Policing in Iran lacks the basic principles of professional Western policing constructed upon informed consent and the presumption of innocence, Kusha said. He said Iran’s National Police force lacks an institutionalized sense of justice and citizens do not perceive the force as protectors.

“Looking at the present turmoil in the Middle East from Afghanistan to the west coast of north Africa, one could argue that police institutions have played significant roles in the suppression of dissent in these countries, be it political or social,” said Kusha. “New emerging regimes must avoid turning the police into an instrument of suppression. The police must be in sync with overall democratization of the state.”

Kusha said the U.S. departments of State, Justice, Defense and Homeland Security have lessons to learn as well.

He said, “The MO of these departments in the past is that whoever is capable of subduing malcontents regardless of methods is helping U.S. interest in the region. The new policy must be, whoever is trying to democratize the state and its policing apparatus in Middle Eastern countries is our friend in the long run.”

To read the full text of “Impediments to Police Modernization in Iran, 1878-1979,” visit http://www.tandfonline.com/doi/full/10.1080/10439463.2012.661430#tabModule

 

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ECU to celebrate Founders Day

East Carolina University will celebrate Founders Day beginning at 9 a.m. April 25 in Hendrix Theatre, Mendenhall Student Center.

While commemorating the university’s founding in 1907, the event will include an awards day to recognize faculty, staff and students for their significant accomplishments during the past 12 months.

Among the awards that will be presented are the UNC Board of Governors Teaching Awards, the UNC Board of Governors Award for Excellence in Teaching, the UNC Board of Governors Distinguished Professor for Teaching Awards, the ECU Scholar-Teacher Awards, the lifetime and five-year Research and Creative Achievement Awards and the Centennial Awards for Excellence in Service, Leadership, Ambition and Spirit. Faculty members, staff members and students will also be inducted in the Servire Society, recognizing public service.

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ECU sociology professor honored by national associations

ECU professor Dr. Lee Maril receives an honor for his research during a national conference in Boston. (Contributed photo)

An East Carolina University sociology professor was honored by two national associations for his research on immigration.

Dr. Lee Maril was awarded for research presented in his 2011 book, “The Fence: National Security, Public Safety, and Illegal Immigration Along the U.S.-Mexico Border.”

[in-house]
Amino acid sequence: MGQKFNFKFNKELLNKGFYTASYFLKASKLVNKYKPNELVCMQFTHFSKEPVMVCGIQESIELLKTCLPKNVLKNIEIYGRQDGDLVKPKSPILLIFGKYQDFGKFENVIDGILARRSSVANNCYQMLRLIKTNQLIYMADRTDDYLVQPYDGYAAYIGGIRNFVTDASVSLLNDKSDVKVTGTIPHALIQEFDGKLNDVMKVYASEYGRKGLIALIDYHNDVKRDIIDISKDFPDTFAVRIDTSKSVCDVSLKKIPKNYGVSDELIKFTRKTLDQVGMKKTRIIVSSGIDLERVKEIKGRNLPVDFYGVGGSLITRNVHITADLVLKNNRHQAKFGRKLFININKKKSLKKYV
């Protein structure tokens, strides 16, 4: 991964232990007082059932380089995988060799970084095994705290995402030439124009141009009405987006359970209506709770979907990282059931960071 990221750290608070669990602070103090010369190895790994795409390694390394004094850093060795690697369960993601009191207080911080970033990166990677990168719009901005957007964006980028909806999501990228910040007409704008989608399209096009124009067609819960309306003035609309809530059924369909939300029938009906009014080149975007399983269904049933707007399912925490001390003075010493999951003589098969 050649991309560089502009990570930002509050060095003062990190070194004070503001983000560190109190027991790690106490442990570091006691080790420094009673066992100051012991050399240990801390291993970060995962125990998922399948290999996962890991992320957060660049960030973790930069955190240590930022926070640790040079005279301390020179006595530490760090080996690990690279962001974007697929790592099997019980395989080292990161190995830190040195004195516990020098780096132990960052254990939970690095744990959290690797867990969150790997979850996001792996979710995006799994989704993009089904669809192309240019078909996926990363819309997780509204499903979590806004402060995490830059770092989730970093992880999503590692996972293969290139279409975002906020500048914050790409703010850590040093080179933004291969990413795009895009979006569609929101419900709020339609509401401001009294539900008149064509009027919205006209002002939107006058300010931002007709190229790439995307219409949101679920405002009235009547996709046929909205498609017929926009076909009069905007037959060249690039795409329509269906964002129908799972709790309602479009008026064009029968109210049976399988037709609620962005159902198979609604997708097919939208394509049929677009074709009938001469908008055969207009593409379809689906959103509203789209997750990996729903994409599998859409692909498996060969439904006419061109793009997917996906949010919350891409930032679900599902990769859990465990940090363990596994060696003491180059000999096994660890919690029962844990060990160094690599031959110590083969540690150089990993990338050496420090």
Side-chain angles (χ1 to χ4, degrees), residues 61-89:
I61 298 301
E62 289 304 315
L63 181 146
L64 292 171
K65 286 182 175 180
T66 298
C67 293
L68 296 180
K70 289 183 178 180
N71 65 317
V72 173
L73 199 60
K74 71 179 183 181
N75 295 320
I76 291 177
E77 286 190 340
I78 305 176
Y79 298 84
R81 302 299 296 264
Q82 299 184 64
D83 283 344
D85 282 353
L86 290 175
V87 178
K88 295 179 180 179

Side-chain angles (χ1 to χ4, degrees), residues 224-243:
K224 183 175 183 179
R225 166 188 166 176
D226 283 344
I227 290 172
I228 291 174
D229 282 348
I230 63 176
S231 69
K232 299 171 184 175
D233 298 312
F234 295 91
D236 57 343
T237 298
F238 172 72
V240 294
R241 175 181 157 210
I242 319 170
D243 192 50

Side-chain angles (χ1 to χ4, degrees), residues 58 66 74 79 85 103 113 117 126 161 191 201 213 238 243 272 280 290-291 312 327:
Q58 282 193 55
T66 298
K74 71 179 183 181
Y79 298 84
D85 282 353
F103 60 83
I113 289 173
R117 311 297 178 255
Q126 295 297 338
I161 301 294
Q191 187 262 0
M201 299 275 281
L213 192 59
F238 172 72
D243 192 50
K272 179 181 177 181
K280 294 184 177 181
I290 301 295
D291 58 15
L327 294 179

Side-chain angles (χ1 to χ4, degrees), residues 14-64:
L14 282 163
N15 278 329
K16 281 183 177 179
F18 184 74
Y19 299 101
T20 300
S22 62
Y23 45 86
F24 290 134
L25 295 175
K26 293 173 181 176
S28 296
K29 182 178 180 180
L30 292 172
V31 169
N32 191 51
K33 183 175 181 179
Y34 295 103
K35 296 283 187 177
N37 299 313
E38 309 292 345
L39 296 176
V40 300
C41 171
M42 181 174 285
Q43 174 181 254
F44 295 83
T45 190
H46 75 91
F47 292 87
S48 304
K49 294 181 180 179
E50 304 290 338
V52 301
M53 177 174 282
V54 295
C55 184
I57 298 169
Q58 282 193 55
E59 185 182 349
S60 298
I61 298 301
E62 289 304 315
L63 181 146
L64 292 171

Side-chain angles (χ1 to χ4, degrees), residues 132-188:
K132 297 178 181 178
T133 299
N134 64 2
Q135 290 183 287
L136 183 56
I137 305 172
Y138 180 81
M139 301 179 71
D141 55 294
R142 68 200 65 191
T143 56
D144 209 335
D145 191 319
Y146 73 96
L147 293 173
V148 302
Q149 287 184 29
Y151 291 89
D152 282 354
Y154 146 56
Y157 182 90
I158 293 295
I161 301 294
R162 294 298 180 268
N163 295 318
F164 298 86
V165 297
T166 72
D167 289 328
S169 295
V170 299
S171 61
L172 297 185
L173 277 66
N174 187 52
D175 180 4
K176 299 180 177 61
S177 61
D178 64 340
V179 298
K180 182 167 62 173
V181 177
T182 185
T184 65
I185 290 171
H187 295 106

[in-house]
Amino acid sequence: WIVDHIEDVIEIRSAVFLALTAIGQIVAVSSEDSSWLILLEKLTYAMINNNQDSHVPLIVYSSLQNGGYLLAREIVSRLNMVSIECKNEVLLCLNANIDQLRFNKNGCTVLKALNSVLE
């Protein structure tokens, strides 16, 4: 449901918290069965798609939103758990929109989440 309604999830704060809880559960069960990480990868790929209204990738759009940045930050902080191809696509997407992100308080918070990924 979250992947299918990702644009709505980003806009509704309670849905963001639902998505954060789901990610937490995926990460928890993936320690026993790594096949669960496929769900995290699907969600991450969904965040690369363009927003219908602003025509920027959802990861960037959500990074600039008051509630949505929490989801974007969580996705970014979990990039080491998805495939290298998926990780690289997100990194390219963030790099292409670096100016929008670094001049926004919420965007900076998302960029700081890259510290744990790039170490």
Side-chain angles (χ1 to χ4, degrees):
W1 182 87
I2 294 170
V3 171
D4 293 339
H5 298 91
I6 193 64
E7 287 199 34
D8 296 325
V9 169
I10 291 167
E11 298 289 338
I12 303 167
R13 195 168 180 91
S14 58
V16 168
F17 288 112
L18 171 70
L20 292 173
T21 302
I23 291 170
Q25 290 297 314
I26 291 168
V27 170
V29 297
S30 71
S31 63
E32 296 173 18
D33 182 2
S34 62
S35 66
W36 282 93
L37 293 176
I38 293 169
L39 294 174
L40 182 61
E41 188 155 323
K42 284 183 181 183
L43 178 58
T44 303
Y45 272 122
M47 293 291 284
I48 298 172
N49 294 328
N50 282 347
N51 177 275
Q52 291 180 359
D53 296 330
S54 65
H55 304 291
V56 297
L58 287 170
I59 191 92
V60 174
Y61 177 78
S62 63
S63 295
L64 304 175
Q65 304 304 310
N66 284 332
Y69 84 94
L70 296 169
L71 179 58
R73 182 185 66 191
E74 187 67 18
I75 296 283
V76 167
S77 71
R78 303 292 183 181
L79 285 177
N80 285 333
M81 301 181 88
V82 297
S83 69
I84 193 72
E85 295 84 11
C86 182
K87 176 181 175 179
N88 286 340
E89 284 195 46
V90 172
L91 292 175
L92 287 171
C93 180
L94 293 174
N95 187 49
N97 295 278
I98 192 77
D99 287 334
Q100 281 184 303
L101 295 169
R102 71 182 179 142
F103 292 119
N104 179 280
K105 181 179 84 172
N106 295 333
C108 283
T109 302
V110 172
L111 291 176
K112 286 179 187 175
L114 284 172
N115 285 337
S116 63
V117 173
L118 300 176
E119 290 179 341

The book received the 2012 Ray and Pat Brown Award for the best single work published in 2011, awarded by the Popular Culture/American Culture Association. Maril received the award at the organization’s national conference in Boston this month.

“I am honored to have received this award, which I hope will bring more attention to immigration policy in the United States and the variety of problems associated with our broken system of immigration policy dating back to the Immigration and Reform Act of 1986,” Maril said.

“Among these tragic problems are the hundreds of women, young children and grandparents who needlessly die every year while illegally entering our country to find honest work and/or to rejoin their families.”

The Popular Culture Association was founded in 1971 by professors and scholars Ray Browne, of Bowling Green State University; and Russell Nye, of Michigan State University. In 1979 the PCA formed a partnership with the American Culture Association, creating a joint, national conference held each year with more than 2,000 participants. In addition, there are regional associations throughout the country and international conferences in Finland and Poland.

Maril’s book was also selected as one of three finalists for the best scholarly book by the Texas Institute of Letters, a non-profit organization whose purpose is to stimulate interest in Texas letters and to recognize distinctive literary achievement. Joining Maril’s book as finalists were books published by Yale University Press and the University of Texas Press.

A native of Oklahoma, Maril received his B.A. degree from Grinnell College, his M.A. degree from Indiana University-Bloomington and his Ph.D. from Washington University in St. Louis. Maril taught at Oklahoma State University for 10 years. He has been at ECU for nine years, and serves as the founding director of the Center for Diversity and Inequality Research and professor of sociology in the Thomas Harriot College of Arts and Sciences.

Maril has conducted research on the Mexican border for most of his career. His previous book, “Patrolling Chaos: The United States Border Patrol in Deep South Texas,” led to his testimony before the United States Congress on three separate occasions, most recently at the immigration field hearings in Dubuque, Iowa. To date, his research has contributed to two bills in the House of Representatives and one in the Senate.

Maril is a columnist for the online, daily Homeland Security News Wire at www.homelandsecuritynewswire.com/.  To read more about Maril and his research, visit www.leemaril.com. For additional information, contact Maril at 252-328-6147 or  marilr@ecu.edu.